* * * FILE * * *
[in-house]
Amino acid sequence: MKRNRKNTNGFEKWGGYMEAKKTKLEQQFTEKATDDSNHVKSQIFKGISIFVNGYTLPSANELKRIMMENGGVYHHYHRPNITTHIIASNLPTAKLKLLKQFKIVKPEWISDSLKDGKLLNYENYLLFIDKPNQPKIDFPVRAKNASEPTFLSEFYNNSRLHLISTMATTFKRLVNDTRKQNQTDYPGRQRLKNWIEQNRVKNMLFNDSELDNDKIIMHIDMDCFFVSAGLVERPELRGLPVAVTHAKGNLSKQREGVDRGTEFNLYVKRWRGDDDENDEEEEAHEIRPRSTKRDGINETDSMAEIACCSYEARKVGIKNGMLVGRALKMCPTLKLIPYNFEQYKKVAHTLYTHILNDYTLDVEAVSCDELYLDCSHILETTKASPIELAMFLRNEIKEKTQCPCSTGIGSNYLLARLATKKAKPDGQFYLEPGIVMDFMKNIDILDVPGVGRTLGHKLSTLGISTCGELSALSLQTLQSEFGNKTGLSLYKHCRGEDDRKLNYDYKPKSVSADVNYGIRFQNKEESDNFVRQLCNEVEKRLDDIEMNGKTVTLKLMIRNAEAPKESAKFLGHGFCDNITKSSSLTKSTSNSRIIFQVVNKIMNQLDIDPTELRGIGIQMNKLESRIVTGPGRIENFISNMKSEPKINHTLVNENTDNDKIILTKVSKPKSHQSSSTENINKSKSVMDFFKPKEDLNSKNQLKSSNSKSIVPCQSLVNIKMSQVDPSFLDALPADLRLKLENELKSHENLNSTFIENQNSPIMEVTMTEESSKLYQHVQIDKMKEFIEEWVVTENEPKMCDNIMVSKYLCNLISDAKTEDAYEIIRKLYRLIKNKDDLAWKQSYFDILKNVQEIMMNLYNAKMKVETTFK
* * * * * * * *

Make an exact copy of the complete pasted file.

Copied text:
[in-house]
Amino acid sequence: MKRNRKNTNGFEKWGGYMEAKKTKLEQQFTEKATDDSNHVKSQIFKGISIFVNGYTLPSANELKRIMMENGGVYHHYHRPNITTHIIASNLPTAKLKLLKQFKIVKPEWISDSLKDGKLLNYENYLLFIDKPNQPKIDFPVRAKNASEPTFLSEFYNNSRLHLISTMATTFKRLVNDTRKQNQTDYPGRQRLKNWIEQNRVKNMLFNDSELDNDKIIMHIDMDCFFVSAGLVERPELRGLPVAVTHAKGNLSKQREGVDRGTEFNLYVKRWRGDDDENDEEEEAHEIRPRSTKRDGINETDSMAEIACCSYEARKVGIKNGMLVGRALKMCPTLKLIPYNFEQYKKVAHTLYTHILNDYTLDVEAVSCDELYLDCSHILETTKASPIELAMFLRNEIKEKTQCPCSTGIGSNYLLARLATKKAKPDGQFYLEPGIVMDFMKNIDILDVPGVGRTLGHKLSTLGISTCGELSALSLQTLQSEFGNKTGLSLYKHCRGEDDRKLNYDYKPKSVSADVNYGIRFQNKEESDNFVRQLCNEVEKRLDDIEMNGKTVTLKLMIRNAEAPKESAKFLGHGFCDNITKSSSLTKSTSNSRIIFQVVNKIMNQLDIDPTELRGIGIQMNKLESRIVTGPGRIENFISNMKSEPKINHTLVNENTDNDKIILTKVSKPKSHQSSSTENINKSKSVMDFFKPKEDLNSKNQLKSSNSKSIVPCQSLVNIKMSQVDPSFLDALPADLRLKLENELKSHENLNSTFIENQNSPIMEVTMTEESSKLYQHVQIDKMKEFIEEWVVTENEPKMCDNIMVSKYLCNLISDAKTEDAYEIIRKLYRLIKNKDDLAWKQSYFDILKNVQEIMMNLYNAKMKVETTFK